Psychosocial risks

Colleagues discussing a piece of workIntroduction

Socio-economic and industrial developments have seen a change in the way we work. In some parts of the world this means more people working in services and fewer in industry. At the same time our understanding of complex health issues has grown, particularly around mental ill health.

The occupational safety and health profession has a significant contribution to make in the prevention of the occupational causes of mental ill-health, and is engaged in managing the psychosocial risk of:

  • stress
  • fatigue
  • bullying and harassment
  • violence and aggression.

There is growing evidence that links musculoskeletal disorders (MSDs) with psychosocial risk factors.

Psychosocial risks can manifest in physical as well as mental ill-health.

Research has demonstrated the value of occupational safety and health professionals being directly engaged in and influencing the management of ten different measures identified as effective in dealing with psychosocial risks:

  • changes to the way work is organised;
  • redesign of the work area;
  • confidential counselling for employees;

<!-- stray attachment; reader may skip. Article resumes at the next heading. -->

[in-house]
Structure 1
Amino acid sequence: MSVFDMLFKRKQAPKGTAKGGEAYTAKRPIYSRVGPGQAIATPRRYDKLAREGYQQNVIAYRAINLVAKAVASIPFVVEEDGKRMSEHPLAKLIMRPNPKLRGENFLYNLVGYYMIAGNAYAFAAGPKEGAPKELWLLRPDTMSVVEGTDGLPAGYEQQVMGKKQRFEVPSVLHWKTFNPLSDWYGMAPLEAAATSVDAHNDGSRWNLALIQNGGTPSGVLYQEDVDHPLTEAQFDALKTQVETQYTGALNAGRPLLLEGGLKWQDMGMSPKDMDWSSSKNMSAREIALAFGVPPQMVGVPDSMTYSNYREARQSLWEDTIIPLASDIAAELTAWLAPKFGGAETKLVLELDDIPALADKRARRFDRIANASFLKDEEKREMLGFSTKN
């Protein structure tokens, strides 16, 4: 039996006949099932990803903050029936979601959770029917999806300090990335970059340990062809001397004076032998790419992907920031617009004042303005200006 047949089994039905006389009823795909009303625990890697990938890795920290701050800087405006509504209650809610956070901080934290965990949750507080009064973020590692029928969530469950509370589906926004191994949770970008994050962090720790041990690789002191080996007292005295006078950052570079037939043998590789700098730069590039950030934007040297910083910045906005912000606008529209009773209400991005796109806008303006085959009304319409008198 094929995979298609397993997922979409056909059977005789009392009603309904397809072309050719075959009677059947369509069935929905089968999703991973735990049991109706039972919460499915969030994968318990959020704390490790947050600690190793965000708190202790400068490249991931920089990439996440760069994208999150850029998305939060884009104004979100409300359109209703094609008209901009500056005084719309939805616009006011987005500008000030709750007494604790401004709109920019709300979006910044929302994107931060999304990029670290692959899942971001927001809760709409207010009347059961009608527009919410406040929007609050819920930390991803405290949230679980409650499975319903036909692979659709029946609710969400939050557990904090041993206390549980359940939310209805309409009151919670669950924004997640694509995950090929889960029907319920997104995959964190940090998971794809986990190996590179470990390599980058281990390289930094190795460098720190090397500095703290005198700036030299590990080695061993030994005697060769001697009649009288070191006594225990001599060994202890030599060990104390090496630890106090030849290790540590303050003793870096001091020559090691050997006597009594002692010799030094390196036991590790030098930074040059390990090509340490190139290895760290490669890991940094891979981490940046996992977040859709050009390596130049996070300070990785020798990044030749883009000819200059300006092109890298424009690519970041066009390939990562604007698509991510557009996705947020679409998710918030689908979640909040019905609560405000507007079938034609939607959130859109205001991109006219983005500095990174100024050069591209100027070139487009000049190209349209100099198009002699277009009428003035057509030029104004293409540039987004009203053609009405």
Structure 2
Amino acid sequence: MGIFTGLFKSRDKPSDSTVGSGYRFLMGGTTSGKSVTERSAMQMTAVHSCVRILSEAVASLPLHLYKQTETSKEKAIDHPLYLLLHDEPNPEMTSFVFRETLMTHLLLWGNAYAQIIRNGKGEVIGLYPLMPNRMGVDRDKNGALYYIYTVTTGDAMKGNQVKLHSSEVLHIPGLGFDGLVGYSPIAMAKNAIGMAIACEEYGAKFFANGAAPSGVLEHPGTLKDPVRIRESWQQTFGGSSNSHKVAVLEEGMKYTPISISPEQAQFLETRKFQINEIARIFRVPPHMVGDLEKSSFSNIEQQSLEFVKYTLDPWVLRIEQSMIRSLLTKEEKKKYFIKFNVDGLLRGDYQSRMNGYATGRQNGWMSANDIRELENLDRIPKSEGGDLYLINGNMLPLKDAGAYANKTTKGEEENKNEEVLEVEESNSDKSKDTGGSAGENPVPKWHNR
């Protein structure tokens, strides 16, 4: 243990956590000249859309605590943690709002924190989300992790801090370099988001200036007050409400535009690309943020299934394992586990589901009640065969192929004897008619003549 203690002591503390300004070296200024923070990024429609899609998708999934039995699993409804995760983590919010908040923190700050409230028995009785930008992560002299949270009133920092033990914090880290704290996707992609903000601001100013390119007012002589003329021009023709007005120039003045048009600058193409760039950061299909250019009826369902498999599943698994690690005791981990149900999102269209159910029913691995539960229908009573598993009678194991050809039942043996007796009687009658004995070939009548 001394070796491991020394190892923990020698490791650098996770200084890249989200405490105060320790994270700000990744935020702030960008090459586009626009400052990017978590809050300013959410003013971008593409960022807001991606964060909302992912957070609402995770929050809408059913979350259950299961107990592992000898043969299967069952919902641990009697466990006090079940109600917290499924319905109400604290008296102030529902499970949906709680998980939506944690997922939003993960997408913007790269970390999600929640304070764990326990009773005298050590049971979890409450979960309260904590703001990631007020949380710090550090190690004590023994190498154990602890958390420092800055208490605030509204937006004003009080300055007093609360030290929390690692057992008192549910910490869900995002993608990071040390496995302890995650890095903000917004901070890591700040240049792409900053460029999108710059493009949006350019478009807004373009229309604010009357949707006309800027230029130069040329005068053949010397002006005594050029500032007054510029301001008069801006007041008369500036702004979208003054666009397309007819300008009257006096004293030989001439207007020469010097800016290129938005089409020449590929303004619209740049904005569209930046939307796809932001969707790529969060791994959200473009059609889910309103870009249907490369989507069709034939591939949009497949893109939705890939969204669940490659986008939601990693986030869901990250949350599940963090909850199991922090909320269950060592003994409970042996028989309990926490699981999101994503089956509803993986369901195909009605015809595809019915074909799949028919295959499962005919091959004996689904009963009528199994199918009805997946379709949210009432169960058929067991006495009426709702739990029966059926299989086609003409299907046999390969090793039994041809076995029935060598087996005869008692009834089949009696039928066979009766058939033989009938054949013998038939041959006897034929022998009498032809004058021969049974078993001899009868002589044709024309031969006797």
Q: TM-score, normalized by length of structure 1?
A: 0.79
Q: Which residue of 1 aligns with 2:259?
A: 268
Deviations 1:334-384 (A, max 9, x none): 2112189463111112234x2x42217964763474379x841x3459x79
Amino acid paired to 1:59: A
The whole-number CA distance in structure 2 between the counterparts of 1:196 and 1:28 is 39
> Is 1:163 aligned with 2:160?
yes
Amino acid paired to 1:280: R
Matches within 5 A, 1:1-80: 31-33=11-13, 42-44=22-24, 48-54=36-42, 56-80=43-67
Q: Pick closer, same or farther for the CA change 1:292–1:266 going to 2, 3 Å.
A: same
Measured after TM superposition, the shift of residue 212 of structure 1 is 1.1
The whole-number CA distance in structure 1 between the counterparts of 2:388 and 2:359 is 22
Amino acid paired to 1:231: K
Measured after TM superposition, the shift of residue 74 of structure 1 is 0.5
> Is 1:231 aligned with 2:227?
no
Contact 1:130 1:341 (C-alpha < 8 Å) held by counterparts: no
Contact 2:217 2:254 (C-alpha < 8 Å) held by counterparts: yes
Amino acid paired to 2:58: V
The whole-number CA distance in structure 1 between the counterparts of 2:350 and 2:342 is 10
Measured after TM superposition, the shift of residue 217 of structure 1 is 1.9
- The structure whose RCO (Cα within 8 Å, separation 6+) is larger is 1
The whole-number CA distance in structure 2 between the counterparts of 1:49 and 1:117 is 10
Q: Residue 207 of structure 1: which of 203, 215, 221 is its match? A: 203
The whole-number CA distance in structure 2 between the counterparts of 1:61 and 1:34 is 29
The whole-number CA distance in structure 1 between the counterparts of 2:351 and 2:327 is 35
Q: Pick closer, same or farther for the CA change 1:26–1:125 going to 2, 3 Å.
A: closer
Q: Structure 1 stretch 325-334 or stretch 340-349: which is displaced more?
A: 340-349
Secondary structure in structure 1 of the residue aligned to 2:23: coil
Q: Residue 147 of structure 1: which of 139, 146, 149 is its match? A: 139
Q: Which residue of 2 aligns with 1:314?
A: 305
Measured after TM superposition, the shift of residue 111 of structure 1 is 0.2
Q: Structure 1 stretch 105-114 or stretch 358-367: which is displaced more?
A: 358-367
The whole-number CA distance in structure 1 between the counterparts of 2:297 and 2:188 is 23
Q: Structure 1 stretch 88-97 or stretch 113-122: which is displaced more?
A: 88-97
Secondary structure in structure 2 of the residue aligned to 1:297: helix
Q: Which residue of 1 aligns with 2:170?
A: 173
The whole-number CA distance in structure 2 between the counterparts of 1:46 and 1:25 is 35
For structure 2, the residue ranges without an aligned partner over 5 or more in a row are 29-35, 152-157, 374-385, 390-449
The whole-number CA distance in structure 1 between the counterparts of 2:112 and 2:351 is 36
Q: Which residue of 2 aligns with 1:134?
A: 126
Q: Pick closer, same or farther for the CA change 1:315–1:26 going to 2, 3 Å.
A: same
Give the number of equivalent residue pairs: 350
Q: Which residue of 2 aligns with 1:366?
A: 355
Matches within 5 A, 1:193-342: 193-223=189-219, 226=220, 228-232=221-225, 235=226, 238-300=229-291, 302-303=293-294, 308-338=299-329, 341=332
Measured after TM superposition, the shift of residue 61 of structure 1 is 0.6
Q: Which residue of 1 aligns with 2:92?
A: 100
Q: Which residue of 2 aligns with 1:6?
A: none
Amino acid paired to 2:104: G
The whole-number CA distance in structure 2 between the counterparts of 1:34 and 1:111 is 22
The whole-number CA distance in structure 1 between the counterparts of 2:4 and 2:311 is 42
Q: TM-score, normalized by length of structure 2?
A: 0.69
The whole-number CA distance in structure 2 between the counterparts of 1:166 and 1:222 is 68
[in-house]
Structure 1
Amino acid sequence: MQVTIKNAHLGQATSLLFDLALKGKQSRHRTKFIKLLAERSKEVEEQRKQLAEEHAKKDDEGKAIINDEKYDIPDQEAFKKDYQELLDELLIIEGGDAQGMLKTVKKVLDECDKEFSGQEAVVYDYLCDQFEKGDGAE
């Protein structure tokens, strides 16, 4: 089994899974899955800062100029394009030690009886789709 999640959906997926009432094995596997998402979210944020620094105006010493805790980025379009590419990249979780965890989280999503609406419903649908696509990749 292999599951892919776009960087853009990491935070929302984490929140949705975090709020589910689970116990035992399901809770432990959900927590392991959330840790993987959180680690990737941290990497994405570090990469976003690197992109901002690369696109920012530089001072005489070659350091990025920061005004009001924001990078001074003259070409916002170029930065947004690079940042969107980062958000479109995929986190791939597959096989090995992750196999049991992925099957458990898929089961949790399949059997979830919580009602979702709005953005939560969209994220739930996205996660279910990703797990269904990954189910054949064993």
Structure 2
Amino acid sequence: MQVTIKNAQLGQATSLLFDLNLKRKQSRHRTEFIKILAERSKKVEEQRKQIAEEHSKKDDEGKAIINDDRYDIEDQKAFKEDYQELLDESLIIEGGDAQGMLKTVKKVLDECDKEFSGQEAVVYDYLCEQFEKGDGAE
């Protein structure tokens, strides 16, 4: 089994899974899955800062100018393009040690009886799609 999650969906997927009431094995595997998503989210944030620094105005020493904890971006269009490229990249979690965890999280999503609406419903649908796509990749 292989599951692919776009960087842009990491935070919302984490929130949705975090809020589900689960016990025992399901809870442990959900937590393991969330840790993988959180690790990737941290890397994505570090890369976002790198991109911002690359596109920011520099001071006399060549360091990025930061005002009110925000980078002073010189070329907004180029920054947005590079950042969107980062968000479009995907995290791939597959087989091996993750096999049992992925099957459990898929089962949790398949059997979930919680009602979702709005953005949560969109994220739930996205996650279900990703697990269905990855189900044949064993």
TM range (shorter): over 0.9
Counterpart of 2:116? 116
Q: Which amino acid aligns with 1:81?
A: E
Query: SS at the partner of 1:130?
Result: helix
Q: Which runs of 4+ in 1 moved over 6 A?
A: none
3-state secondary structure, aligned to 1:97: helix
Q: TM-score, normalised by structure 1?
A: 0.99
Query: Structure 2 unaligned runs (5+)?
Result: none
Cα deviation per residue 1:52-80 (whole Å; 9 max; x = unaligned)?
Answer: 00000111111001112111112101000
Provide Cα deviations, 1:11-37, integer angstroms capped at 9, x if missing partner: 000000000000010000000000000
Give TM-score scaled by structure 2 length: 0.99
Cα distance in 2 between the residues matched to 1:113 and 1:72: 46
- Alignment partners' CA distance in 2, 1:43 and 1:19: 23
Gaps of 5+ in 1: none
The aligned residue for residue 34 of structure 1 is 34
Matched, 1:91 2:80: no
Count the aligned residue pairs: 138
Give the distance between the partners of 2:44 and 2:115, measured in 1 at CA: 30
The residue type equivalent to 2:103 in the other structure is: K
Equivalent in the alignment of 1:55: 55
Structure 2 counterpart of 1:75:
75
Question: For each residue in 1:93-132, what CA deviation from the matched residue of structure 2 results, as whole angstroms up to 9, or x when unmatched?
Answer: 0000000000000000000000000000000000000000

• establishment of a conflict resolution procedures;
  • changes to working time arrangements;
  • provision of training;
  • action taken by the establishment if individual employees work excessively long or irregular hours;
  • providing information to employees about psychosocial risks and their effect on health and safety;
  • designating who should be contacted in case of work-related psychosocial problems; and
  • the use of information or support from external sources on how to deal with psychosocial risks at work.

IOSH activities

IOSH has been actively engaged in these subject areas. Our Occupational health toolkit has sections on stress and musculoskeletal disorders. In 2016 we held a UK Parliamentary reception on mental health. We have published position papers on working hours and undertaken research into the effects of unacceptable behaviour on health and wellbeing at work.

In the wider mental health arena IOSH produced the leaflet 'Promoting mental health at work' and funds research:

There are a number of other research projects under way:

  • Mental health first aid in the workplace
  • Safeguarding seafarer mental health

Wider resources

If you’re looking for general guidance on the topic of psychosocial risks, visit: